Crispian Riley-Smith Fine Arts Ltd

A Long-Eared Owl (Asio otus) standing on a Branch, looking out to the Viewer

Abraham Meertens (Middelburg 1757-1823 Middelburg)

Watercolour, watermark Strasburg Lily, stamped on verso MADE IN HOLLAND, in upper right corner, inscribed on verso in pencil Jekoe
430 x 270 mm. (16 7/8 x 10 5/8 in.)
5,400

Provenance :
Donald M. Bonnist, Mamaroneck, New York; Private collection, USA.

Abraham Meertens
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The long-eared owl (Asio otus, previously Strix otus) is a species of owl which breeds in Europe, Asia, and North America. This species is a part of the larger grouping of owls known as typical owls, family Strigidae, which contains most species of owl. The other grouping of owls are the barn owls, family Tytonidae. The long-eared owl is a medium sized owl, 1216 inches in length with an 3439 inches wingspan. It has erect blackish ear-tufts, which are positioned in the center of the head. The ear-tufts are used to make the owl appear larger to other owls while perched. The female is larger in size and darker in coloration than the male. The long-eared owl's brownish feathers are vertically streaked. Tarsus and toes are entirely feathered. Eye disks are also characteristic in this species. This nocturnal species is perhaps most easily seen perched in a tree in its daytime roost, sometimes in small groups during the winter months.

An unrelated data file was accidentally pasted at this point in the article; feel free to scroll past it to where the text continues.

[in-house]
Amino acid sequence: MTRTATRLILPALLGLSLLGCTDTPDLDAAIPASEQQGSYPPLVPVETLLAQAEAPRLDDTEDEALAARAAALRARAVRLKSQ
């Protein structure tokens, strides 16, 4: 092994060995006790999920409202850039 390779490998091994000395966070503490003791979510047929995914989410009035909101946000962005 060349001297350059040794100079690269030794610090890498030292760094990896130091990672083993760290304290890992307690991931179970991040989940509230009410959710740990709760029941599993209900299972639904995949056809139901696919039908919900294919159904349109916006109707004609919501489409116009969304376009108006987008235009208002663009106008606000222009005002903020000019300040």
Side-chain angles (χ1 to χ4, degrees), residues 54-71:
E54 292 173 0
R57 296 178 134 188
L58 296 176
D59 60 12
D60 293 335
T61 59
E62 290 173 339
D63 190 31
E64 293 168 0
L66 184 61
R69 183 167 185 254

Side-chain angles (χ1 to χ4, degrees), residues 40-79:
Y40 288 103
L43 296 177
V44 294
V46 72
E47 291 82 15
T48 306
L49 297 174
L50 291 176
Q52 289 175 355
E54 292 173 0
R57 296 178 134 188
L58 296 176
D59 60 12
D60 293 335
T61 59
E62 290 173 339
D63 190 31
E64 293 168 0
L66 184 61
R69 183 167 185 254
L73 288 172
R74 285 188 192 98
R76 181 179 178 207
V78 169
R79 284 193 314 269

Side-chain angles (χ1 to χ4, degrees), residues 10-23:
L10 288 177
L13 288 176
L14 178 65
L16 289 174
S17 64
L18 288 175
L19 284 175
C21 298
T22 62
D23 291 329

In 1972 the late Laurens Bol, then director of the Dordrechts museum and specialist on Aart Schouman, was invited to examine a group of about 100 watercolours of birds and animals which were believed to be by Schouman. The Hague dealer and collector Saam Nystad was asked to go in his place. Nystad established that they were not by Schouman but by his follower, Abraham Meertens. Nystad acquired the bulk of this group. It was at the insistence of the United States customs authorities that the MADE IN HOLLAND stamp was applied to the back of all the drawings1. Meertens entered the Academy in Middelburg in 1770 and was one its founders and later one of its directors.
Our drawing is typical of Abraham Meertens style and compares well to many of the artists works. The subject of our drawing was probably chosen from one of the fashionable menageries, such as the richly maintained royal collection of the Stadholder Prince Willem V at the Kleine Loo, in The Hague, and at the Oude Loo near Apeldoorn.

1. Amsterdam, Museum Het Rembrandthuis, and Dordrechts Museum 1994-5, Kleur & Raffinement. Tekeningen uit de Unicorno collectie, exhib. cat., p.26 and pp.118-9, cat.54. Another drawing from this group is now in a private collection, see Crispian Riley-Smith, Master Drawings, 7 July-12 July 2002, number 12 of A Black Cock and a Grey Hen.